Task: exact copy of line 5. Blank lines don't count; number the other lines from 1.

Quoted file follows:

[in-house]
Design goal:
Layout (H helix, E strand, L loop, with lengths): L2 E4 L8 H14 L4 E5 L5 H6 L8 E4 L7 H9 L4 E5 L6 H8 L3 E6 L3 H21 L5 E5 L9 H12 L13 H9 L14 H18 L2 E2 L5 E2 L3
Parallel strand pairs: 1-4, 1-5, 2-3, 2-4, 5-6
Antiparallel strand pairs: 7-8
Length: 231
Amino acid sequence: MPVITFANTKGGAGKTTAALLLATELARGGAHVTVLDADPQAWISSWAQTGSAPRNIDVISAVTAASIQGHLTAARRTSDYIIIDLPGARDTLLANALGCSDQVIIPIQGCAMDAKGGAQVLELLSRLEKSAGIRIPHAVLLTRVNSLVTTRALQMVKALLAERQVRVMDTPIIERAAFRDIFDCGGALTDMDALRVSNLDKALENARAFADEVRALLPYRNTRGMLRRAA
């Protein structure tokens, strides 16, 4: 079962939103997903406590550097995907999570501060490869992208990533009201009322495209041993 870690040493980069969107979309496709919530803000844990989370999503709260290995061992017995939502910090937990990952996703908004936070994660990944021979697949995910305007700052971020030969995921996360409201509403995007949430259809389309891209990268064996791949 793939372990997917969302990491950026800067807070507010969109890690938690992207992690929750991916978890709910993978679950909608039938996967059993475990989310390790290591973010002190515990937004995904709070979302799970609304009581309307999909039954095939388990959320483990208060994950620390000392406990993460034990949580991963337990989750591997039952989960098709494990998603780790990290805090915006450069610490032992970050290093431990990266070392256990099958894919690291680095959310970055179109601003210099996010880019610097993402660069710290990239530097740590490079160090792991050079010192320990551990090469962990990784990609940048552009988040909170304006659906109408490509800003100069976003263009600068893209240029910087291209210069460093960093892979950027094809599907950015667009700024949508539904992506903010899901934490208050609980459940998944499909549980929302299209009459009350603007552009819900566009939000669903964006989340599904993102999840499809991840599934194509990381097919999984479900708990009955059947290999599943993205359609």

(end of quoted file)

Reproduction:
Antiparallel strand pairs: 7-8